Need to know
- Humidifiers put moisture into the air, while dehumidifiers remove moisture from the air
- Air purifiers filter the air to remove airborne particles
- We explain the differences between these appliances and what you might need them for
The air in your home can have a big impact on how you feel and whether you're comfortable in your house. Things like itchy skin, sneezing and mildew can be signs that you might need an appliance to treat the air in your home.
But the options are many and confusing: humidifier, dehumidifier or air purifier? Refrigerant or desiccant? Warm or cool mist? HEPA or carbon filters?
Many of these appliances aren't cheap, so it's important to understand how they work to make sure you're buying the right one for your needs.
We'll explain how each appliance works and how to tell if you need one.
What is a humidifier best for and how does it work?
When the cold weather hits and it's time to crank up the heater, you might find you're struggling with dry skin and chapped lips. That's because some heaters (and air conditioners too) can really dry out the air.
If the humidity is too low in your home, you'll notice more static electricity in the air and you might suffer from dry skin, eye irritation, nasal dryness and allergy symptoms.
Humidifiers can help some allergies and skin conditions that are exacerbated by dry air
Humidifiers transform water into water vapour and disperse it through a room to help increase the humidity level.
Most importantly, they can help some allergies and skin conditions that are exacerbated by dry air. Some people find them helpful for relieving cold symptoms or other respiratory conditions, and can help you get a better night's sleep while you're unwell.
There are different types of humidifiers, some of which aren't suitable for every situation. Read more about what you need to know when buying a humidifier for your home.
What's the difference between a vaporiser and a humidifier?
A vaporiser is similar to a humidifier in that it puts moisture back into the air, but it does it in a different way.
"The main difference is that a vaporiser uses steam as the way to get moisture into the air," says CHOICE expert Denis Gallagher.
"By contrast, a humidifier uses mist, which may or may not be visible. A vaporiser releases a lot of steam into the air, while the humidifier is a bit more measured."
How do dehumidifiers work and what are they best for?
With La Niña dumping large quantities of water across Australia this year, dehumidifiers were in high demand as people needed to dry out their homes, either from water ingress and leaks or just the humidity.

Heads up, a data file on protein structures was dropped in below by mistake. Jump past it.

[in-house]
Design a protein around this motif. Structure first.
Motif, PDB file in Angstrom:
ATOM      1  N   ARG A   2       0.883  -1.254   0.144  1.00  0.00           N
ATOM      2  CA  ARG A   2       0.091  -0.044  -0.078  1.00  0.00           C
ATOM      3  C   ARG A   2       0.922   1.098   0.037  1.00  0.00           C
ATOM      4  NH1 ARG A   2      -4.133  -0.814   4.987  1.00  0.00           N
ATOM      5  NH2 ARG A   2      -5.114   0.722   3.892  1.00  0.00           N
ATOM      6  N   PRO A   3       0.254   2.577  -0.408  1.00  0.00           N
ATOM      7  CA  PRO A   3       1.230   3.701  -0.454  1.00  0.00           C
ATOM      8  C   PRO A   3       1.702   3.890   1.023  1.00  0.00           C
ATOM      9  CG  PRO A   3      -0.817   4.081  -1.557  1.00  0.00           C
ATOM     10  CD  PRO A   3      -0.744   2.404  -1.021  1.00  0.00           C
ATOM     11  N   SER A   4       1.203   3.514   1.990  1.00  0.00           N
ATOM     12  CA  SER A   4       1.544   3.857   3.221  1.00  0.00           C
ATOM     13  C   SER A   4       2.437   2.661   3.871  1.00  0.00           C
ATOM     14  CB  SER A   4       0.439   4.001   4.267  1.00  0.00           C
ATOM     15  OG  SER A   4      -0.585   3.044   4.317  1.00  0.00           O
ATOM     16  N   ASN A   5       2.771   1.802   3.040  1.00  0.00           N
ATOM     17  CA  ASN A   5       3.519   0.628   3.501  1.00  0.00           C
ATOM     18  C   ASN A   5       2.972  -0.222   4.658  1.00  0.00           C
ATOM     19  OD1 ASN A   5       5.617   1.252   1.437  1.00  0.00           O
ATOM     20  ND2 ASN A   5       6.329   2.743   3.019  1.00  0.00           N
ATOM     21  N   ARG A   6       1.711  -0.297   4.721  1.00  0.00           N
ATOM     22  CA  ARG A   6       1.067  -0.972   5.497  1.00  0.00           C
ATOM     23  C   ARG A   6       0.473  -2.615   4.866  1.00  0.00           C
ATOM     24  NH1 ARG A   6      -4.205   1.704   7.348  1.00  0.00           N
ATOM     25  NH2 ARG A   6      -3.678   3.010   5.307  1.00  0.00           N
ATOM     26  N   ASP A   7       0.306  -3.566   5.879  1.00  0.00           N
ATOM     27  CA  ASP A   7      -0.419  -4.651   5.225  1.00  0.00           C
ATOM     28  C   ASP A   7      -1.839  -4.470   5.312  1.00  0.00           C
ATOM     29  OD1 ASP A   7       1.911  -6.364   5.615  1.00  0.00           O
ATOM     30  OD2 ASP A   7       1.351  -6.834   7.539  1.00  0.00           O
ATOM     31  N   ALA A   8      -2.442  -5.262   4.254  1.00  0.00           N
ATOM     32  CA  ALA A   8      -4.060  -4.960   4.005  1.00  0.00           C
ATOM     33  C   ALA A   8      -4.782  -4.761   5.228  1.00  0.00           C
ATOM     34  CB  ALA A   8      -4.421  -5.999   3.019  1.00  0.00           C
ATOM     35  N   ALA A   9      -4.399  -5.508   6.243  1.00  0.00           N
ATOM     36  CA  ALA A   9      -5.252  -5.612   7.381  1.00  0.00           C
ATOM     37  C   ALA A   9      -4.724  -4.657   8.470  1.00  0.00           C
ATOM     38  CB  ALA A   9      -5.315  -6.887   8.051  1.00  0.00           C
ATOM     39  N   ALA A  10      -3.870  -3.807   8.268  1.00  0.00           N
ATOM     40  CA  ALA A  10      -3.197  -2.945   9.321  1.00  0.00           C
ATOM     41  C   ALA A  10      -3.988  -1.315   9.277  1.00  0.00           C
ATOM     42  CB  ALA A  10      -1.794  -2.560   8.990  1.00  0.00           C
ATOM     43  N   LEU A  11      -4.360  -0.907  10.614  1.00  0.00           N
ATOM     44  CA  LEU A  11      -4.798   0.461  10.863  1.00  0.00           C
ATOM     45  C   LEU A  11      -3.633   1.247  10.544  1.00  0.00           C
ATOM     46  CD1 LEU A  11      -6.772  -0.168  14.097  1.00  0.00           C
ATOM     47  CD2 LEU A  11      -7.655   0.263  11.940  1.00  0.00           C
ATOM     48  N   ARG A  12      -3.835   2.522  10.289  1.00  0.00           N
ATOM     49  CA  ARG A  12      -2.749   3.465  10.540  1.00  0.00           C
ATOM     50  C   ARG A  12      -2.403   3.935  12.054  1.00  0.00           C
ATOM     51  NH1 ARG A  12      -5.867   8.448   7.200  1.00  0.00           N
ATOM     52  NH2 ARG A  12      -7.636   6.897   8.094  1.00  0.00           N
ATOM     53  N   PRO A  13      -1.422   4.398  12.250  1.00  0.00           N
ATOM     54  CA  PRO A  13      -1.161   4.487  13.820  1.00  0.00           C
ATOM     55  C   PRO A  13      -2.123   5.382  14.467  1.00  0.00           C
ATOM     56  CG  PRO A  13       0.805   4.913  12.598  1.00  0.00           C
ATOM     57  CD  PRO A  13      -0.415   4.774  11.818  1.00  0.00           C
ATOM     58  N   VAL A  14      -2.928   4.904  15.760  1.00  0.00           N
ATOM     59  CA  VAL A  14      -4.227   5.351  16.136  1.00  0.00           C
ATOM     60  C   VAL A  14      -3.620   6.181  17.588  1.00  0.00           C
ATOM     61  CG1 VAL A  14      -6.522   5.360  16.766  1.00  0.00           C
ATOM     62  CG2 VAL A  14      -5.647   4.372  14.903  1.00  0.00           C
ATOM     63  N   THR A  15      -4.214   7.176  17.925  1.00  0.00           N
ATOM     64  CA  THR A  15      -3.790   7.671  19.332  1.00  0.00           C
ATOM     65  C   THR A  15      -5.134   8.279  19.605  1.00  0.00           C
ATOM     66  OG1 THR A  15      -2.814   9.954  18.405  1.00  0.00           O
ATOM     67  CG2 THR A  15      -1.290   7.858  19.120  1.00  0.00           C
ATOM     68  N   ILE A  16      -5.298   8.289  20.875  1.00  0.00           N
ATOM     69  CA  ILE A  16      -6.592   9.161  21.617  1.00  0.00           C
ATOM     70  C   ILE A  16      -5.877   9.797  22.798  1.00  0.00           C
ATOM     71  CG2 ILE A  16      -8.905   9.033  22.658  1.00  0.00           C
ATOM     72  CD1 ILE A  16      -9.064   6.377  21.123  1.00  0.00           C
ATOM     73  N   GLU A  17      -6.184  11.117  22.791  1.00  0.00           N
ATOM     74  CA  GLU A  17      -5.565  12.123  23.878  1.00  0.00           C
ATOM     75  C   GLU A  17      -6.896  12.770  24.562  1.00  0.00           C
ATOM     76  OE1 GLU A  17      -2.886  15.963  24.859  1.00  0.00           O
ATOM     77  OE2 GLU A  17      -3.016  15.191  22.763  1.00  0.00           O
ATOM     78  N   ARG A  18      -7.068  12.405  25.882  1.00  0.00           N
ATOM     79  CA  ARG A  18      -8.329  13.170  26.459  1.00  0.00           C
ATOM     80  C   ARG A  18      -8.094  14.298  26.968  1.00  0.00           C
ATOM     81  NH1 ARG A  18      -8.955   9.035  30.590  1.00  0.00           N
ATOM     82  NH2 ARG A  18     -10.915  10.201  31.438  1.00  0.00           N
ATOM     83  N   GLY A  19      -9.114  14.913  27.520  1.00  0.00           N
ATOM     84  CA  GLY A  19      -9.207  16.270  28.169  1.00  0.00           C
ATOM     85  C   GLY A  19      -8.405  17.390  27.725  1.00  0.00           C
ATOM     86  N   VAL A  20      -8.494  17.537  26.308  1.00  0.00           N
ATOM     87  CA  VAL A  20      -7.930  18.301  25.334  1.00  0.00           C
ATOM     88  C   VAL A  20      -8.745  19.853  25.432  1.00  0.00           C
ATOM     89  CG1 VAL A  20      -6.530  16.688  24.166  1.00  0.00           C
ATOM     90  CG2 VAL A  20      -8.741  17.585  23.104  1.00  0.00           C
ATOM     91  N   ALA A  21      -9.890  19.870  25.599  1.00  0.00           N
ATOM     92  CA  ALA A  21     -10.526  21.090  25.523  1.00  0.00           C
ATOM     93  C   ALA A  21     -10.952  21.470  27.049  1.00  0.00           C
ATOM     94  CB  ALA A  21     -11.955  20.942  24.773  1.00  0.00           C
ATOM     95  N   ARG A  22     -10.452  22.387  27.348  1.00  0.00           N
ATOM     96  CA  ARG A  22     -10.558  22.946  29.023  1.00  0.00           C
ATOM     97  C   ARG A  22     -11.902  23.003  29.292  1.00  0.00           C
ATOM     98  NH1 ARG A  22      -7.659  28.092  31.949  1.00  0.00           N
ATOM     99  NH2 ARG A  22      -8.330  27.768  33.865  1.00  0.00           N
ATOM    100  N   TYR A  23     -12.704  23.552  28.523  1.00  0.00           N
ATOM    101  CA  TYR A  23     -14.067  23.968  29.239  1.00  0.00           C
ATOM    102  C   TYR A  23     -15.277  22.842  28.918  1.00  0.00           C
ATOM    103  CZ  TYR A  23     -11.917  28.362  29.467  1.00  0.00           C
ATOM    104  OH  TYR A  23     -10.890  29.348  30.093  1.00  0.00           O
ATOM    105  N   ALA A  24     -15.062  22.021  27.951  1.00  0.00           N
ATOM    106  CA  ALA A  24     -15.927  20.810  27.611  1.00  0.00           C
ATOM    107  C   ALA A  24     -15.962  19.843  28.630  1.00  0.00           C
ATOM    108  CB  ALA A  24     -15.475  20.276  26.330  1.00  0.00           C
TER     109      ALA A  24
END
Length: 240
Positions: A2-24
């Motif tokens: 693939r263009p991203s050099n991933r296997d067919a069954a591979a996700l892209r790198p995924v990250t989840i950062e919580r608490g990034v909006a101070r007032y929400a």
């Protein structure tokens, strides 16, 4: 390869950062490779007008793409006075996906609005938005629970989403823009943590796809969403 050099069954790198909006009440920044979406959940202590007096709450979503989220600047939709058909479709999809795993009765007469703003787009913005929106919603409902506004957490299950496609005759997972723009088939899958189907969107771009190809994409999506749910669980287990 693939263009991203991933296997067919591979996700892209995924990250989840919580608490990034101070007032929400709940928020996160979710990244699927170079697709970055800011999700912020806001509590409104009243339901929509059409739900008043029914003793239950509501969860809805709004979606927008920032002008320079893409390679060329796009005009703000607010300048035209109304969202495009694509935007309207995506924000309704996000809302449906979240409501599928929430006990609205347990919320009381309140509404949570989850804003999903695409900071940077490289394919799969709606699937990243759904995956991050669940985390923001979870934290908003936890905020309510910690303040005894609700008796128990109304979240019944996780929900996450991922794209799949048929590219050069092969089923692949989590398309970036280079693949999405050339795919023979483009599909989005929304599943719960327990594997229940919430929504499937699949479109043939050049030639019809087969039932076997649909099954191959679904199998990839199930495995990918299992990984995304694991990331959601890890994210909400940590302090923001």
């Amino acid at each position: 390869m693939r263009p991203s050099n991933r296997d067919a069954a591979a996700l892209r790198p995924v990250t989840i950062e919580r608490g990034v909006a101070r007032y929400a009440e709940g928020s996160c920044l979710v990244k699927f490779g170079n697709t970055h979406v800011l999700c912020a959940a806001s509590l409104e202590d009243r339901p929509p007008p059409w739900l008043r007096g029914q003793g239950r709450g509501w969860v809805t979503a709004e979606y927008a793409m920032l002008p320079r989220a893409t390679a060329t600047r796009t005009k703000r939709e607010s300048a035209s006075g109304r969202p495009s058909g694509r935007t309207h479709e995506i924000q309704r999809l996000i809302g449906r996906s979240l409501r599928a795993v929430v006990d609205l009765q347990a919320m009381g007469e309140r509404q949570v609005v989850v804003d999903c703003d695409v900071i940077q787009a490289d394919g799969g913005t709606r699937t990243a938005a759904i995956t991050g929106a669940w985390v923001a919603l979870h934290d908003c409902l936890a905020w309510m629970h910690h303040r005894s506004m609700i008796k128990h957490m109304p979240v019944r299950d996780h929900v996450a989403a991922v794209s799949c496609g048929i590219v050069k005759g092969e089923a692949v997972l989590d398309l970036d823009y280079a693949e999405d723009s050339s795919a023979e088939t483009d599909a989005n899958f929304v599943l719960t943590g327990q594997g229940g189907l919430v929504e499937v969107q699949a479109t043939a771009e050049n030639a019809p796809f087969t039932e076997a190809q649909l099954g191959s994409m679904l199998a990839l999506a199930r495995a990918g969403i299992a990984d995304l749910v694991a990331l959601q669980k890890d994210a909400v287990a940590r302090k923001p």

Signs of high humidity in your home are condensation on windows, wet patches on walls, a musty smell, dust mites, and mould and mildew in the bathroom and on surfaces throughout your home (including your clothes and soft furnishings).
Dust mites and mould are two common triggers for asthma and allergy, so it's important to stay on top of them if you have any sensitive people living in your home.
You might need a dehumidifier if your home has damp problems, you've been affected by floods or water leaks, or you have mould throughout your home.
Dehumidifiers work in the opposite way to humidifiers – they take moisture from the air to reduce the humidity. You might need one if your home has damp problems, if you've been affected by floods or water leaks, or if you're finding mould and mildew throughout your home.
Dehumidifiers are also great if you need to dry your laundry indoors – they can speed up the drying process, as well as reduce condensation and the likelihood of mould developing from the moisture in the air. Some dehumidifiers even have a laundry setting.
Want to know more? We'll explain the different types of dehumidifiers and how to use them in our dehumidifier buying guide.
Our expert dehumidifier reviews include information about features, running costs and capacity, and allow you to sort by humidifier type, brand and price to help you choose the right model for you.
When large parts of the east coast were affected by terrible bushfires in 2019, many families used air purifiers to remove smoke particles that were choking the air.
They're invaluable for families who suffer from asthma and allergies as they can reduce symptoms caused by airborne allergens. They can also remove nasties like viruses, bacteria and mould spores – although there are some limitations. (See our article on how air purifiers deal with viruses and bacteria.)
Air purifiers are invaluable for families who suffer from asthma and allergies as they can reduce symptoms caused by airborne allergens
Air purifiers are quite different to humidifiers and dehumidifiers in that they don't affect humidity levels. Instead, they draw in air from a room and filter it to remove pollutants like dust, pollen, pet dander, smoke particles, volatile organic compounds (VOCs), mould spores and germs. They then circulate the cleaned air back into the room.
You might need an air purifier for these reasons:
- To help with asthma and allergies, particularly to dust and pollen.
- To help keep the air clear of some bacteria and viruses if you have sick people at home.
- If you smoke inside your home.
- If your neighbourhood has pollution problems, such as being near a major road or in an area affected by bushfires, or if you live in a dusty part of the world.
Getting the right air purifier for your needs is important to your family's health. Our expert explains what to look for when buying an air purifier for your home.
Our expert air purifier reviews include useful information about running costs, capacity and replacement filter costs, plus you can narrow your search by price, filter type and pollutant removal score to make sure you're buying the best model for your needs.